When we meet Hoggle at the beginning of the Jim Henson film Labyrinth, he appears to be a little wretch of a creature. He’s rude, he’s friendless, and he’s spraying bug spray to kill fairies. He’s embittered and cowardly. He’s working for Jareth, the Goblin King, doing his bidding. He’s willing to lie, cheat, and trick Sarah to ensure the Goblin King’s wishes are granted, his will is enforced. As time progresses, Hoggle realizes a few things. First, friendship is valuable. Second, that he wants friends. And third, he still feels worthless – and Jareth is the one keeping him feeling that way.
Hoggle is a broken, flawed creature. He is filled with doubt, anger, bitterness, and self-loathing. Hoggle is all of us, weak and imperfect (Romans 3:23). And, like us, Hoggle is being pulled in two different directions. In simple terms, he’s being pulled between darkness and light, between God and the world.
On the one side, he has Jareth. Jareth insults him, belittles him, treats him as less than human. Jareth brings Hoggle down to a lower level. Hoggle tries to please Jareth, even though Jareth doesn’t deserve it. Jareth is cruel. He steals babies in the night and treats his subjects, including Hoggle, as his slaves. Jareth treats Hoggle like the world treats us, it wants to enslave us (John 8:34). It is an undeserving master which wants our loyalty and provides nothing positive in return as it is slipping away and fading (1 John 2:15-17).
On the other side, we have Sarah. Sarah cares about Hoggle, even though he doesn’t deserve it. He tries to hurt her, he poisons her, he lies to her, he tries to trick her into going backwards away from her brother. In many ways, Hoggle appears to be Sarah’s enemy. In the end, he comes through with an act of heroics where he helps save Sara and our heroes. Afterwards this brief battle is over, Hoggle is sitting on the ground and says, “I’m not asking to be forgiven. I ain’t ashamed of myself. Jareth made me give you that peach. I don’t care what you think. I told you I was a coward. I ain’t interested in being friends.” He’s lying as we saw earlier in the film how much remorse he had for his actions toward Sara. It is then that Sara merely looks down at Hoggle on the ground and says three words he never saw coming, “I forgive you.”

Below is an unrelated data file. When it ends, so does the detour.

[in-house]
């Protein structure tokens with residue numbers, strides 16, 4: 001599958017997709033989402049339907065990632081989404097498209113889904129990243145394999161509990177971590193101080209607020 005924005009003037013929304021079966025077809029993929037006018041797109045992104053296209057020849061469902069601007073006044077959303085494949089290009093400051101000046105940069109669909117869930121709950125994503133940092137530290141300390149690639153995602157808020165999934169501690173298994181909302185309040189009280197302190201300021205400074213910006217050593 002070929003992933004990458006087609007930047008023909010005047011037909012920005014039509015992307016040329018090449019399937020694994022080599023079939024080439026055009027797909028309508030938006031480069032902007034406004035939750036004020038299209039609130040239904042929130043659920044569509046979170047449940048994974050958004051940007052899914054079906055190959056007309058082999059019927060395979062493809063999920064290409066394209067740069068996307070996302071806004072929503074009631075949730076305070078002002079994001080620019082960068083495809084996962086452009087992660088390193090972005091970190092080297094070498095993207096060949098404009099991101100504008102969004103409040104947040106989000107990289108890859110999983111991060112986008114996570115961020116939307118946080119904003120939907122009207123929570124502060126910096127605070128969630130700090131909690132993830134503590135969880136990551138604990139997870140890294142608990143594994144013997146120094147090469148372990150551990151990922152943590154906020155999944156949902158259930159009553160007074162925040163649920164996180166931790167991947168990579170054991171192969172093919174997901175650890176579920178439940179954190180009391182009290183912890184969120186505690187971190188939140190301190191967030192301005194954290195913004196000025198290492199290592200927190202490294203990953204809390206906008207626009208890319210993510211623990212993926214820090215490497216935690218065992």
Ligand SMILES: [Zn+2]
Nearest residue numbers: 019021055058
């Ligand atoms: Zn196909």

After this moment, Hoggle is changed. No longer the frightened coward, Hoggle charges forth, leading our heroes as they enter the Goblin City to find Sarah’s little brother. He willingly puts his life at risk to help his friends. He’s changed. There were hints of goodness beneath Hoggle’s surface throughout the film, but it isn’t until the end when he finally lets it all out, he is defined then no longer by Jareth or the way the world around him defines him – but by something else.
We see this change when we are saved by the grace of the Lord (2 Corinthians 5:17). He does this through by forgiving our transgressions against our Creator (1 John 1:9, Titus 2:14). He gives us a new heart, makes us a new creation. He changes us and it happens when He forgives us. Unlike Hoggle and Sarah, Christ wants you to acknowledge your sins. Hoggle did not outwardly. He wallowed in self-pity, but Sarah forgave him anyway. Hoggle did not deserve Sarah’s forgiveness, she did it anyway. Oh if only we were that loving and willing to forgive as Sarah.
Sarah is not a perfect heroine – she’s flawed and broken too; prone to outbursts of anger, selfish, curses to herself, and is disrespectful to her parents. But, neither are we. In some ways, it makes her forgiveness of Hoggle that much more powerful and, in the end, it frees them both.